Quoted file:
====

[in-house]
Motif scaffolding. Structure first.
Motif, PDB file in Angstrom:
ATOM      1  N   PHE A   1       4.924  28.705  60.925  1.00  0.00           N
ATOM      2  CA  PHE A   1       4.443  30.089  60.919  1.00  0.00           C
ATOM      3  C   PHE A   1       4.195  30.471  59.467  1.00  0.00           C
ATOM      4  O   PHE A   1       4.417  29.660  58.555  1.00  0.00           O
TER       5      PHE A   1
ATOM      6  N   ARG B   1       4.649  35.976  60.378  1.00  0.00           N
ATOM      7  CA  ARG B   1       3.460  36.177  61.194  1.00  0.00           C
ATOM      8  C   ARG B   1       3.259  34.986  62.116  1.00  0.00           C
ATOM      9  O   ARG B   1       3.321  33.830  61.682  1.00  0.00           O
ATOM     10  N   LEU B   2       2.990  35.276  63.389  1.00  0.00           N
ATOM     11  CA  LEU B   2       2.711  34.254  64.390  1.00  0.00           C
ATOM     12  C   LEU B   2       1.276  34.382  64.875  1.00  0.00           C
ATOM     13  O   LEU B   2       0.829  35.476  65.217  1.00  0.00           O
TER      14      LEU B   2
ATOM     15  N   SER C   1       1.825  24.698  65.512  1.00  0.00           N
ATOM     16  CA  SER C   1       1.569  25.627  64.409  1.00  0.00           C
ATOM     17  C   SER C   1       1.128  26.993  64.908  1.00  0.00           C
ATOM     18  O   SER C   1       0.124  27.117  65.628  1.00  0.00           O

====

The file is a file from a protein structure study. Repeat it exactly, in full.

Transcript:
[in-house]
Motif scaffolding. Structure first.
Motif, PDB file in Angstrom:
ATOM      1  N   PHE A   1       4.924  28.705  60.925  1.00  0.00           N
ATOM      2  CA  PHE A   1       4.443  30.089  60.919  1.00  0.00           C
ATOM      3  C   PHE A   1       4.195  30.471  59.467  1.00  0.00           C
ATOM      4  O   PHE A   1       4.417  29.660  58.555  1.00  0.00           O
TER       5      PHE A   1
ATOM      6  N   ARG B   1       4.649  35.976  60.378  1.00  0.00           N
ATOM      7  CA  ARG B   1       3.460  36.177  61.194  1.00  0.00           C
ATOM      8  C   ARG B   1       3.259  34.986  62.116  1.00  0.00           C
ATOM      9  O   ARG B   1       3.321  33.830  61.682  1.00  0.00           O
ATOM     10  N   LEU B   2       2.990  35.276  63.389  1.00  0.00           N
ATOM     11  CA  LEU B   2       2.711  34.254  64.390  1.00  0.00           C
ATOM     12  C   LEU B   2       1.276  34.382  64.875  1.00  0.00           C
ATOM     13  O   LEU B   2       0.829  35.476  65.217  1.00  0.00           O
TER      14      LEU B   2
ATOM     15  N   SER C   1       1.825  24.698  65.512  1.00  0.00           N
ATOM     16  CA  SER C   1       1.569  25.627  64.409  1.00  0.00           C
ATOM     17  C   SER C   1       1.128  26.993  64.908  1.00  0.00           C
ATOM     18  O   SER C   1       0.124  27.117  65.628  1.00  0.00           O